Near the end of the year, there was a trip to sprawling Chikouzan Park in Saitama. It was only
mid-afternoon, but the evening darkness was already threatening to approach, slowly drawing its
curtain over the skies above. The sun's glowing warmth when we boarded the train in Tokyo had
already given way to the chilly gray veil of winter one hour later, as we stepped into the park.
We were greeted with orangey-brown carpets of fallen leaves, skeletal branches reaching toward
the heavens, barely a whisper in the air. This was the silence of nature.
One of the wild cats populating the park. There was another earlier on, near the park's entrance,
curled up in a white and dark-brown ball in the carpet of leaves. I wonder if they get cold and
hungry there in the expansive park, so dark at night, and how they came to be there. There was also
a sign later, near the side of the road, asking people not to dump their unwanted pets in the park.
The ones that survive must really adapt quickly. This one came right up to us, meowing.
Other than a few passersby walking their dogs, a pair of birdwatchers focusing their gigantic lenses
upon a flitting bird near the small pond, there were almost no people in the park. Perhaps everyone
thought it a better idea to stay warm and snug at home on a cold winter day as this; perhaps they were
returning to their hometowns for the New Year holidays, as many do in Japan. Perhaps catching up on
holiday shopping in the busy parts of the city, or seated around a nabe pot with chopsticks poised.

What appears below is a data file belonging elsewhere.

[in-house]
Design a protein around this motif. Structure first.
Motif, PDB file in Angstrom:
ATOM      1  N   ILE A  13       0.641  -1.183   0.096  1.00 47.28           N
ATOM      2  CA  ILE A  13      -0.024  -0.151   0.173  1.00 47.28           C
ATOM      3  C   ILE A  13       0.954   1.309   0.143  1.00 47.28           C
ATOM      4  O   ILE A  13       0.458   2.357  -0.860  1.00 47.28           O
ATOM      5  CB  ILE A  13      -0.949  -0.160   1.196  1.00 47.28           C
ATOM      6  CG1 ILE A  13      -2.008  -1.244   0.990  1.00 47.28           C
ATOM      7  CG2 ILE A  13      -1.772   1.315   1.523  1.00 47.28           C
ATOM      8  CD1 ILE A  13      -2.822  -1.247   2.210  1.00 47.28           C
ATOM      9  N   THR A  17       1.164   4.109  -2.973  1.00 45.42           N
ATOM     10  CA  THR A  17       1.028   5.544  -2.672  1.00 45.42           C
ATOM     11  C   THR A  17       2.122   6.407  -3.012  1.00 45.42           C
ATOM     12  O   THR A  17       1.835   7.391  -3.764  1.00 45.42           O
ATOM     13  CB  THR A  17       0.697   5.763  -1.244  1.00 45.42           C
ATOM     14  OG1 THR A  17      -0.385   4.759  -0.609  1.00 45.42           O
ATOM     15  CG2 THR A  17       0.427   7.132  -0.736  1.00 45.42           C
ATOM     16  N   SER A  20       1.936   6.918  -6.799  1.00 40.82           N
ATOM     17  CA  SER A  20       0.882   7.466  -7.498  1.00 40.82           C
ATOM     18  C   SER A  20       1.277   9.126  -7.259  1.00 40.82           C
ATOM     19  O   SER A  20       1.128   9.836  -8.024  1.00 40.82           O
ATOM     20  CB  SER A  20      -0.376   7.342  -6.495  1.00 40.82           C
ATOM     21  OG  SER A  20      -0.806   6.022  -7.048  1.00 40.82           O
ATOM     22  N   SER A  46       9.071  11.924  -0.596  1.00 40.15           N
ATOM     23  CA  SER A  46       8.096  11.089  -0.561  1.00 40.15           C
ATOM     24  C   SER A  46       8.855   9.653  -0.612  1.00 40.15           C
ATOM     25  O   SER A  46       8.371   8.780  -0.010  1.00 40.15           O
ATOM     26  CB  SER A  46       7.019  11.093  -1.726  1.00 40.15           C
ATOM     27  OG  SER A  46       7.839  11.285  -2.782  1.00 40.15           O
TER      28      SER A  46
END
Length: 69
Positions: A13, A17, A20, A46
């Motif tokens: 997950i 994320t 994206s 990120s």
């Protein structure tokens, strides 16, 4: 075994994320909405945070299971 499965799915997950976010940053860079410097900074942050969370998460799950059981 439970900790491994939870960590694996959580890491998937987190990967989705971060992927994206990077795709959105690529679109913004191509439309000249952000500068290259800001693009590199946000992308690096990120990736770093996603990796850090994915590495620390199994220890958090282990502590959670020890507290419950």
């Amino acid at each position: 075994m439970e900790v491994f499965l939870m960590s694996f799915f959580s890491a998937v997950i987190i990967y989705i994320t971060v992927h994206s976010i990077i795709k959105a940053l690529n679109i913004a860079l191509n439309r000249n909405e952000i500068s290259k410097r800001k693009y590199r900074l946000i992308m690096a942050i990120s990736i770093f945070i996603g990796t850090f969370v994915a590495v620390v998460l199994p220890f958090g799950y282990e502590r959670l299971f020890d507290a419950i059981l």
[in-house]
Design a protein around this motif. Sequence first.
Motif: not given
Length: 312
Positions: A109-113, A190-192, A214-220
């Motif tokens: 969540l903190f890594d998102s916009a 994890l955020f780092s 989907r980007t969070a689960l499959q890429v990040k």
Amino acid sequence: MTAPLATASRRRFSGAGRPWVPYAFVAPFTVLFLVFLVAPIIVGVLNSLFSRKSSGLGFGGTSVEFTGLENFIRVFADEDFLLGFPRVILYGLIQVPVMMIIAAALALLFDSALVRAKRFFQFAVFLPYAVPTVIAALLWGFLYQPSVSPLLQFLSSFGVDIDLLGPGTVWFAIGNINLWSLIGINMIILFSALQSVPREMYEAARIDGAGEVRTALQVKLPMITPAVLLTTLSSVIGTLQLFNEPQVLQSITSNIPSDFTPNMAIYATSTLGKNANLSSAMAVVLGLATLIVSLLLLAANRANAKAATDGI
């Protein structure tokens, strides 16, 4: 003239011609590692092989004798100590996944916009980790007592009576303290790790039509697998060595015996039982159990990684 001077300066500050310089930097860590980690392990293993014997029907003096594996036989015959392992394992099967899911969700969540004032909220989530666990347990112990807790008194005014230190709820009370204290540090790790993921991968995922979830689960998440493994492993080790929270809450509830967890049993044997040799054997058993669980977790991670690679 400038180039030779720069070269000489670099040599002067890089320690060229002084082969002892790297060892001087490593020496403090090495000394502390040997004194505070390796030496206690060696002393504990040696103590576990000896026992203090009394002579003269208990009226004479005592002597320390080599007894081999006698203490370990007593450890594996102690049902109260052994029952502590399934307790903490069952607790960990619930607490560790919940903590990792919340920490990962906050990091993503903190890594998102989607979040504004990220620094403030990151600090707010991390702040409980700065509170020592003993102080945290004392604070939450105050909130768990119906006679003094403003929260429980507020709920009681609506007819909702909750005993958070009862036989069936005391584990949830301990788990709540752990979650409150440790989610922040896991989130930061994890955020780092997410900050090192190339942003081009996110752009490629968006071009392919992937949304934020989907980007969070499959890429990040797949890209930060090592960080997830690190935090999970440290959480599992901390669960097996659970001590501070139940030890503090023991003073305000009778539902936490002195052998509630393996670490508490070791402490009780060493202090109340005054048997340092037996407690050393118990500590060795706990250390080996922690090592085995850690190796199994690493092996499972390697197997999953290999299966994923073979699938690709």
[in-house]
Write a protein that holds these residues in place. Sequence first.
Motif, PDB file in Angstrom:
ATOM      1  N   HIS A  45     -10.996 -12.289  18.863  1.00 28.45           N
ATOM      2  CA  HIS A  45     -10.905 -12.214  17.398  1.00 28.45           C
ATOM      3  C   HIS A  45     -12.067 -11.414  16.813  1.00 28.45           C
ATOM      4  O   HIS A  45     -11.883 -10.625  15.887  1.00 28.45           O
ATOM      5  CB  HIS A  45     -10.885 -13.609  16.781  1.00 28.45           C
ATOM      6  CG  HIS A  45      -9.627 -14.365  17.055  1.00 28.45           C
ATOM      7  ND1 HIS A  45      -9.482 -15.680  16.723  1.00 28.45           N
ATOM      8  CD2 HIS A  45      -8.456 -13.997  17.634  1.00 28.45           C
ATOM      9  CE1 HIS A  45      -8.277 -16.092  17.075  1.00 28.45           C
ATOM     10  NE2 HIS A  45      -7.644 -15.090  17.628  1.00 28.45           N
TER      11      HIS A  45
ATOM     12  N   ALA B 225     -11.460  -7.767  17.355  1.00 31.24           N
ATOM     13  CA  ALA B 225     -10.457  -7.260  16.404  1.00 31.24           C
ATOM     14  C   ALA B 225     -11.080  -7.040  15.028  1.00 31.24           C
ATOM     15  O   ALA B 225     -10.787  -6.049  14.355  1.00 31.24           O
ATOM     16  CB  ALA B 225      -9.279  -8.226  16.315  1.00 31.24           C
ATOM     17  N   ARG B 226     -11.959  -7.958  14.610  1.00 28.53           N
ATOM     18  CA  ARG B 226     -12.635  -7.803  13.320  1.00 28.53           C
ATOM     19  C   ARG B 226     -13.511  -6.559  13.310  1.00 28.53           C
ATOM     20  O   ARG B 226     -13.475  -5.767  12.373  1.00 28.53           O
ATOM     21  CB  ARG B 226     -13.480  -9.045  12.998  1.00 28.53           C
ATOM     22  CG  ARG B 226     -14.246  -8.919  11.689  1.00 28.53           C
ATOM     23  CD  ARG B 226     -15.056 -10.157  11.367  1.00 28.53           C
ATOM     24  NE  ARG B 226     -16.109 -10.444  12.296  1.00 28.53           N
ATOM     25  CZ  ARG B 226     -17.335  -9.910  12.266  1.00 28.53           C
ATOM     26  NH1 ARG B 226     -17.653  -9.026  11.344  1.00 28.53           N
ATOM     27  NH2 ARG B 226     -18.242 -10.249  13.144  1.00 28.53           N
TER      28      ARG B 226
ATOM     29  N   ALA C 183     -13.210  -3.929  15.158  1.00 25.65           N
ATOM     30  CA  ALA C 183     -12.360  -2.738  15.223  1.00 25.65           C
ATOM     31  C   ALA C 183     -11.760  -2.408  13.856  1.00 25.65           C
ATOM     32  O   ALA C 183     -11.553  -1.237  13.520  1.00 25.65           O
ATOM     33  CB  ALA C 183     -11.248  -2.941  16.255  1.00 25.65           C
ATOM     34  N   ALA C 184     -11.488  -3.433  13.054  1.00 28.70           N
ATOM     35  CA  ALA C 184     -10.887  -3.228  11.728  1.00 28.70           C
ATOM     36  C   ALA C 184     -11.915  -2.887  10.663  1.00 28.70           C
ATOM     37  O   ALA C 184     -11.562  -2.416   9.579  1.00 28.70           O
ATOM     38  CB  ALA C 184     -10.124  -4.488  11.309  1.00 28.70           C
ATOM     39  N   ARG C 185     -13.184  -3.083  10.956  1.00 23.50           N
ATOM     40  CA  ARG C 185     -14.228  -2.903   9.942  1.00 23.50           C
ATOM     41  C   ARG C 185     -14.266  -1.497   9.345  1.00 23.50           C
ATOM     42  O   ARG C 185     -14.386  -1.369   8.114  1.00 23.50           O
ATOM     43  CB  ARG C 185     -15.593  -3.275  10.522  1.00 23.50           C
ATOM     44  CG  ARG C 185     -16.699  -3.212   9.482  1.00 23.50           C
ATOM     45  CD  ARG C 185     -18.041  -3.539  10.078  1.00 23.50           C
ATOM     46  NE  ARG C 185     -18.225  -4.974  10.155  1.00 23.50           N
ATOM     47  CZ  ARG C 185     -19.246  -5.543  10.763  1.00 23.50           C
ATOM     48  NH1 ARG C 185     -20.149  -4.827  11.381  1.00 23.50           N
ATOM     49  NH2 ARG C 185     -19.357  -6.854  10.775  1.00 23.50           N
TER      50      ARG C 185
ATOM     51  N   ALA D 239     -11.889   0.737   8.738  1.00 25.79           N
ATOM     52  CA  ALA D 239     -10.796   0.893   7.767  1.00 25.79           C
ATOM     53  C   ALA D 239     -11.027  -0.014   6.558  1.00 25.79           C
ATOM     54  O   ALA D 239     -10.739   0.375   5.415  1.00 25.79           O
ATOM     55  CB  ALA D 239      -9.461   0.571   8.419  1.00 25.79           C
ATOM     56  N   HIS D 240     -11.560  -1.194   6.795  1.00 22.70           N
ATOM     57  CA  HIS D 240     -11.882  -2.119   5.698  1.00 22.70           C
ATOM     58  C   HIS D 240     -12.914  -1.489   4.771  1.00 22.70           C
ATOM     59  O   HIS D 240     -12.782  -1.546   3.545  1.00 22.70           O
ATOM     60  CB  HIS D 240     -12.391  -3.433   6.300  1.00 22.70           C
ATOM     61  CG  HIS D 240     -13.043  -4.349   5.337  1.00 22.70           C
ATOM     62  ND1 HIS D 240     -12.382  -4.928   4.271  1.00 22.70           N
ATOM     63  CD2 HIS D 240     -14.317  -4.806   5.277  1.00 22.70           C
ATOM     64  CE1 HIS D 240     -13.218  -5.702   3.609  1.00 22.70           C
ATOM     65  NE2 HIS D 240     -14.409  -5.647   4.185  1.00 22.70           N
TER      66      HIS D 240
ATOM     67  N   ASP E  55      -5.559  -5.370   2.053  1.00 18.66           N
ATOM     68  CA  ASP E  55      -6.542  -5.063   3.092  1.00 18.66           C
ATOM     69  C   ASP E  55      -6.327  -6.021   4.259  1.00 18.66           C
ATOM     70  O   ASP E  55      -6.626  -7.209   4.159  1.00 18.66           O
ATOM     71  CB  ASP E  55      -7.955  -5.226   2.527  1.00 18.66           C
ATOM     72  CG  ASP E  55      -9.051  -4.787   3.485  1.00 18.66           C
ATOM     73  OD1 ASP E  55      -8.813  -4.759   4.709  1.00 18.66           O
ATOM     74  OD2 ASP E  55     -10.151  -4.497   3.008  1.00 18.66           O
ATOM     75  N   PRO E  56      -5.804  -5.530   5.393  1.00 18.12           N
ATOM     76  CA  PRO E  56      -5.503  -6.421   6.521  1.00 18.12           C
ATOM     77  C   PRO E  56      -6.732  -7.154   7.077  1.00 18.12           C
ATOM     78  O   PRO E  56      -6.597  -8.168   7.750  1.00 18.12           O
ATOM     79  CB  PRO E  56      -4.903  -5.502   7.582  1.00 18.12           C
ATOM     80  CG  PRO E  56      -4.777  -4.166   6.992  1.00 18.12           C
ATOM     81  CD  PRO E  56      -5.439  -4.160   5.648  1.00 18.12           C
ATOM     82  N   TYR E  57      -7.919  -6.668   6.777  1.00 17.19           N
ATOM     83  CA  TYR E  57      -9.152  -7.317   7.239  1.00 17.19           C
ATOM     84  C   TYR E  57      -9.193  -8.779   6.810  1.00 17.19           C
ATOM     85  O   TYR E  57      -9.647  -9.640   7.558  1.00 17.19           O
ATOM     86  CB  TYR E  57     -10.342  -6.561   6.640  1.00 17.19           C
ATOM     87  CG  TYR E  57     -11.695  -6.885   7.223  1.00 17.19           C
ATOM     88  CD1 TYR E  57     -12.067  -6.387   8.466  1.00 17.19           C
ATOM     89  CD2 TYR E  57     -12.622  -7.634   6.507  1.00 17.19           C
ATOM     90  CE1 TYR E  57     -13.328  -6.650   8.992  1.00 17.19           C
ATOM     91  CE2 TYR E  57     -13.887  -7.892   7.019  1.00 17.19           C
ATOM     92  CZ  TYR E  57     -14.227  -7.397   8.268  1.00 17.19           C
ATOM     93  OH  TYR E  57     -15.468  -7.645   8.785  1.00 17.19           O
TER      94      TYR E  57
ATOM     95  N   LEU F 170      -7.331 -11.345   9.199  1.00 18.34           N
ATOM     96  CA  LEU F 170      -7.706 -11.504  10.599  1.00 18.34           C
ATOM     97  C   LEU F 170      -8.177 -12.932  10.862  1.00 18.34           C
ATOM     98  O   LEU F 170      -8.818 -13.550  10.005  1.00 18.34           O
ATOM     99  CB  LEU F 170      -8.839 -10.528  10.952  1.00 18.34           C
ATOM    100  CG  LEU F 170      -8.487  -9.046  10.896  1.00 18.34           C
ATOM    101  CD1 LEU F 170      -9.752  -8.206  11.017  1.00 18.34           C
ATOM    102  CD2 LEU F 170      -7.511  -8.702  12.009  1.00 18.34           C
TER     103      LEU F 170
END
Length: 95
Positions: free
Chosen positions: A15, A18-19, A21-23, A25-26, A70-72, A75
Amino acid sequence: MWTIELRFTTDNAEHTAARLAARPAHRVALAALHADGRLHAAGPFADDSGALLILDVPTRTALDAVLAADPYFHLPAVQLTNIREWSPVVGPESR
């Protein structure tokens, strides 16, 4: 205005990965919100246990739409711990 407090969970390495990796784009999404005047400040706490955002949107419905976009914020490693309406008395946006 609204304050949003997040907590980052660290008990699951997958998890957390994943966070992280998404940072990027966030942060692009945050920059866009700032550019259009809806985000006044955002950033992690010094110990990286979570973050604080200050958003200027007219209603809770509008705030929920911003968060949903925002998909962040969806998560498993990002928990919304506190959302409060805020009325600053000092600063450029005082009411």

Not tramping through the leaves in a quiet forest.
Oh, but what a lovely forest it was.
Beware of snakes! ...although I didn't see any. Maybe they were all hibernating for the winter?
Stumbled across a random painting propped up against a tree. I wonder who placed it there,
The big city really does have its good points - always bustling with energy, always something to do,
so convenient to get anywhere. But for me, it's still such a breath of fresh air (literally :) to visit a
huge patch of nature like this one. I guess it's because before coming to Tokyo, I never really lived
in the middle of a big city before - always in the suburbs, always where nature wasn't very far away.
I've gotten very used to Tokyo, and happy with finding little patches of green here and there, in the
form of parks around the city. But to come to a very quiet, endlessly stretching place such as
Chikouzan Park... it was just something completely different. I felt as though I could be back in
California, wandering the woods somewhere, time passing at a snail's pace, the cars in traffic
whooshing by a million miles away while we stood inside a snowglobe of tranquility,
protected within its own special kind of world.